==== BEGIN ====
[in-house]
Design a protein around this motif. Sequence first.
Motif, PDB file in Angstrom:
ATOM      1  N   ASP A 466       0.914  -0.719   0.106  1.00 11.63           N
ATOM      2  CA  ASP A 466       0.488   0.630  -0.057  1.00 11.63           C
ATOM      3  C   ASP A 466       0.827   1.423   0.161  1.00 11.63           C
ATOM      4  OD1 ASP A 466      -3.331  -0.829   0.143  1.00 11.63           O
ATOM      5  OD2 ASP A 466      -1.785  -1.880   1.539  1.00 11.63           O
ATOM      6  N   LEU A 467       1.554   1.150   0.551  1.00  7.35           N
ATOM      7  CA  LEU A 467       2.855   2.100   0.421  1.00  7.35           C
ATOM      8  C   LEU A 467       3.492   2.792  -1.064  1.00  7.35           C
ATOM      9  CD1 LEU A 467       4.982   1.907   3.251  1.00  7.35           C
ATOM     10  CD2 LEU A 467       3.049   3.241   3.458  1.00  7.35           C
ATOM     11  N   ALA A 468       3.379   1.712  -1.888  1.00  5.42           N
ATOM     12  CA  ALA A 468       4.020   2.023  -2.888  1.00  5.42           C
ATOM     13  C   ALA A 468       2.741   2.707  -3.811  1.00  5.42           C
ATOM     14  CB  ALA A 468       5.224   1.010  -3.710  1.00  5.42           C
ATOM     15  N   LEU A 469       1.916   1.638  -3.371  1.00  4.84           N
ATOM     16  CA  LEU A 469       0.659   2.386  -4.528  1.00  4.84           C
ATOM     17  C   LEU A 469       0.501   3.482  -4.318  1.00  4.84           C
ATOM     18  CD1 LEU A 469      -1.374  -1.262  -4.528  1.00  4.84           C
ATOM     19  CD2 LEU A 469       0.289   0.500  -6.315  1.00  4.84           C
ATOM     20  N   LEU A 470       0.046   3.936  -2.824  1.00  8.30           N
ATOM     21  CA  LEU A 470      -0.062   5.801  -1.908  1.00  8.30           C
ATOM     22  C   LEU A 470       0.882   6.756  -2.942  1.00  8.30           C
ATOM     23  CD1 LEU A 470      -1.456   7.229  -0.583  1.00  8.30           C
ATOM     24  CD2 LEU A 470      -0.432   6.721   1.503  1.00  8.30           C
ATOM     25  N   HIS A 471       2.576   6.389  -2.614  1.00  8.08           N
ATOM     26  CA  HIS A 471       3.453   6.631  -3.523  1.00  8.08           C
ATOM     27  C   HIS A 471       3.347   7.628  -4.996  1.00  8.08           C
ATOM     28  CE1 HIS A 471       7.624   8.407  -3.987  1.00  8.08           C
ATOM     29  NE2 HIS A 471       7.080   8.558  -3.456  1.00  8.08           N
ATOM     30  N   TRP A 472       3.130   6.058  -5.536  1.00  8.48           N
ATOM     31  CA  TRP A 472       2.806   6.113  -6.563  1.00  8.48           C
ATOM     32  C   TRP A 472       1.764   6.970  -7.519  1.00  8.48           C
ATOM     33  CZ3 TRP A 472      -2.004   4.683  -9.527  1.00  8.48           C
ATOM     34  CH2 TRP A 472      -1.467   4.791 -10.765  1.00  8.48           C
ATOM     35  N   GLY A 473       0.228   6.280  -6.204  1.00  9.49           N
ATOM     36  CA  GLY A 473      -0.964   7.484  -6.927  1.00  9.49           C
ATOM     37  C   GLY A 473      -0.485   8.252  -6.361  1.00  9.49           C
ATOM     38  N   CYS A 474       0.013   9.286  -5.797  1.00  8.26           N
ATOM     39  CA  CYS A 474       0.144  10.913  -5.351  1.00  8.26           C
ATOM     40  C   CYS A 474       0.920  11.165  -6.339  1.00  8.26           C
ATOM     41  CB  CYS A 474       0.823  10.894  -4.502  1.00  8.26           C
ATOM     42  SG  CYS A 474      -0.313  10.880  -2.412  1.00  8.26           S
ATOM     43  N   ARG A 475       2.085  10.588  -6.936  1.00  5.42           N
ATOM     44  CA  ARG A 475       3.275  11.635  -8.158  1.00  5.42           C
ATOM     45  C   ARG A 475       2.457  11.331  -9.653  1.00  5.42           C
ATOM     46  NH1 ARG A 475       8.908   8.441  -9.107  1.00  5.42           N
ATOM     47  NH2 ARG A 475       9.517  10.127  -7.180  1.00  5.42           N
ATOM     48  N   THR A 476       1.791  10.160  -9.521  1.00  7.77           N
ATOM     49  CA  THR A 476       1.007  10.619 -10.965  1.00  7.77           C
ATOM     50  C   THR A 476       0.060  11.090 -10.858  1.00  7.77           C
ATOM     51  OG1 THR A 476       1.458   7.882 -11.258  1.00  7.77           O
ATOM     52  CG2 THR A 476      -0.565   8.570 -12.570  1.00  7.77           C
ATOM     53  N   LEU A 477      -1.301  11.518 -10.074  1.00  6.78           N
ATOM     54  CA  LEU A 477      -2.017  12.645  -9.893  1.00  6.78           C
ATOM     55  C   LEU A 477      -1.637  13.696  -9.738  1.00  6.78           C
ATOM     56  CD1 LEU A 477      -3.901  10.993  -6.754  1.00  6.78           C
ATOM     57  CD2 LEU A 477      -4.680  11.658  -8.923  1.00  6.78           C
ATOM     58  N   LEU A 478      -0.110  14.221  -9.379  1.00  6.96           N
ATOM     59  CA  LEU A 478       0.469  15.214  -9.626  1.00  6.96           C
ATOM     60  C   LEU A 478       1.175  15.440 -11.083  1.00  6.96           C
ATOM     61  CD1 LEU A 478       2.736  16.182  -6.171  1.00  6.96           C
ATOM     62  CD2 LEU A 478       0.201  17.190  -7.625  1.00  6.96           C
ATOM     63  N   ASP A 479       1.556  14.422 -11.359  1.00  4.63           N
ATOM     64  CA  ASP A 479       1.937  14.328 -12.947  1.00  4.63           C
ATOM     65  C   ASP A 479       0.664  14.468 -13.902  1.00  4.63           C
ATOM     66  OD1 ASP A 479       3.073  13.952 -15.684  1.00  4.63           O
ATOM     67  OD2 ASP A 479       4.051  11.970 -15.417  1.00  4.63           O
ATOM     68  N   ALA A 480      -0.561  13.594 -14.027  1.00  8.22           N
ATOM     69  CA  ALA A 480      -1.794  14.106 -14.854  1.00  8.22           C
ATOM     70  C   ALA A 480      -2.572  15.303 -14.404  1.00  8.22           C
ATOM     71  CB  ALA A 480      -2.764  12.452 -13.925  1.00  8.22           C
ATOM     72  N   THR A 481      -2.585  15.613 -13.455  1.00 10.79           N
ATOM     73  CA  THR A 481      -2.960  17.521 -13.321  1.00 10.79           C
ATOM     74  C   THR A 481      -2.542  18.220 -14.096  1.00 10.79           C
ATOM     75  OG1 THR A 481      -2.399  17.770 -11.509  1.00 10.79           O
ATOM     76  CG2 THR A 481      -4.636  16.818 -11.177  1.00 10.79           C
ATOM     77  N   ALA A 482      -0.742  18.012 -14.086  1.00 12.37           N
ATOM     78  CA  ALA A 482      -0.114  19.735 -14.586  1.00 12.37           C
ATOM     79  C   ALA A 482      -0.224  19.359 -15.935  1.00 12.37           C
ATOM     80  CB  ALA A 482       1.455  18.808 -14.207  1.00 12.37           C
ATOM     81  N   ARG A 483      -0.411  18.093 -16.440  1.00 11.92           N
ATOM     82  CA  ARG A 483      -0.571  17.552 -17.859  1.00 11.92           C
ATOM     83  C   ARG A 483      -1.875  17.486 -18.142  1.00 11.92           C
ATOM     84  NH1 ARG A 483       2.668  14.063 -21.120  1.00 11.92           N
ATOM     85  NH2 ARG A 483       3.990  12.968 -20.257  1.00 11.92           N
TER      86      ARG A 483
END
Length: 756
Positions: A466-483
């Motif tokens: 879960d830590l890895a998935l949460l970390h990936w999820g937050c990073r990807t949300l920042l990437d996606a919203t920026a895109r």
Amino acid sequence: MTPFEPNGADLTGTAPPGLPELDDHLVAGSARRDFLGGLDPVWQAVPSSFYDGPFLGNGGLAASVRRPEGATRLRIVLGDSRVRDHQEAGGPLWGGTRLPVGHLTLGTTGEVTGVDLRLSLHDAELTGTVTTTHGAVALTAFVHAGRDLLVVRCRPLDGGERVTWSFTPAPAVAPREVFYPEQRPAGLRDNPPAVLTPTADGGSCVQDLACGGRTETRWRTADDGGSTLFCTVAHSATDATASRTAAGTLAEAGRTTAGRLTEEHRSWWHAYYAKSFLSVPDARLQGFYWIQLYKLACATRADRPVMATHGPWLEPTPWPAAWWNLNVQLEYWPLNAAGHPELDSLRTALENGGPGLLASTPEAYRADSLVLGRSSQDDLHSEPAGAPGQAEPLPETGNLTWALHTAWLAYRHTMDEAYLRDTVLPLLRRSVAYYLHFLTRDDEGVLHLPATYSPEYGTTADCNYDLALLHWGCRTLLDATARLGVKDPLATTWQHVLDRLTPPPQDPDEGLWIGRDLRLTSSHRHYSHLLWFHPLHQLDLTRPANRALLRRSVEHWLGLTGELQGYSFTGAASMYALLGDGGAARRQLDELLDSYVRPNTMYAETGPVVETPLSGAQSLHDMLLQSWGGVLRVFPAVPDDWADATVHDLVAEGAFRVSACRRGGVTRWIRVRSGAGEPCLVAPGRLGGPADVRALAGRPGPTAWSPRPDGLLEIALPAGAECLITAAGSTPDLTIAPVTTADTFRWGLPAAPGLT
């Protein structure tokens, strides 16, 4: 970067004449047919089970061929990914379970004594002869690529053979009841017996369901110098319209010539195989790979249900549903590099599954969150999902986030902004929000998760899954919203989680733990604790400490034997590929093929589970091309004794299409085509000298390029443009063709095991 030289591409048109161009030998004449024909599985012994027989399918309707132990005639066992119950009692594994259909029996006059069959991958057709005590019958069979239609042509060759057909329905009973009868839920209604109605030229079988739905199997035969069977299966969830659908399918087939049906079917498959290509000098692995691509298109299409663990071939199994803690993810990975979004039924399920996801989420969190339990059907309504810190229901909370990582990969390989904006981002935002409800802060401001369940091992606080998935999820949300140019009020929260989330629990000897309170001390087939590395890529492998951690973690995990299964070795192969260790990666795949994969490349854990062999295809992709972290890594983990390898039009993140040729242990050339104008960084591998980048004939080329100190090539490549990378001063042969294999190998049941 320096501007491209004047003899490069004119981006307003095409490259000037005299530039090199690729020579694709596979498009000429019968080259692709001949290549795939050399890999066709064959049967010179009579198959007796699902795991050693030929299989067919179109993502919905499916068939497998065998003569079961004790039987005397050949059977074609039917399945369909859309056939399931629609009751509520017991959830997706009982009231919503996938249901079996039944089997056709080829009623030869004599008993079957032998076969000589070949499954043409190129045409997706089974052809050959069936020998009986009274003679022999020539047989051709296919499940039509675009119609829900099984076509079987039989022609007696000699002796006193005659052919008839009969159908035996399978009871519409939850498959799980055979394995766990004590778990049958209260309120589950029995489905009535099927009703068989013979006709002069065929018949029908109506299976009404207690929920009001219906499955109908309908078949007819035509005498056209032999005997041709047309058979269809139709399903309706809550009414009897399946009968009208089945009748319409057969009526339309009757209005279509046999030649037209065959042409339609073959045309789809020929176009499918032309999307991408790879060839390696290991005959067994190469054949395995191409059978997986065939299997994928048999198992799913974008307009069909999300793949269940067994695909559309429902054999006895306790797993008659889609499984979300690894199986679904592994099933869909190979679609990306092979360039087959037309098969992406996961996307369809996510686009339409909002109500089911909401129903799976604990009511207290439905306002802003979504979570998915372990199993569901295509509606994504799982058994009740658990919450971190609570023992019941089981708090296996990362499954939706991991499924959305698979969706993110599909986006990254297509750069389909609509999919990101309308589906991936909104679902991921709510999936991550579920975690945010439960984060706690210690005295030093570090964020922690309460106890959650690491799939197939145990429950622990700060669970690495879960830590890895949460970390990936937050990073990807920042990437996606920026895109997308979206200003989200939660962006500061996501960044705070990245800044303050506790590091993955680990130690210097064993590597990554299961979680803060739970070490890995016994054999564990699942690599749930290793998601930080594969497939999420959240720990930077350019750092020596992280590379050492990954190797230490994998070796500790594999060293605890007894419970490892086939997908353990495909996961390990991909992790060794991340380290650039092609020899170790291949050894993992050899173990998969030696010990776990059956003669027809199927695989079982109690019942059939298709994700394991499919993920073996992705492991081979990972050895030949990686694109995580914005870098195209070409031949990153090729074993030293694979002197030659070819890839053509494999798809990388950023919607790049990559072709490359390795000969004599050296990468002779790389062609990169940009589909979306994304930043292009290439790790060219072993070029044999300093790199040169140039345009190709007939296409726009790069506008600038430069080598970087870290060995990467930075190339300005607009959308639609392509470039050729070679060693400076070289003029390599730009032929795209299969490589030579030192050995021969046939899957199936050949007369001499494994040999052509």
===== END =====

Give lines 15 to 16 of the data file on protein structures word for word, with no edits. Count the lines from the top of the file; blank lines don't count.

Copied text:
ATOM     12  CA  ALA A 468       4.020   2.023  -2.888  1.00  5.42           C
ATOM     13  C   ALA A 468       2.741   2.707  -3.811  1.00  5.42           C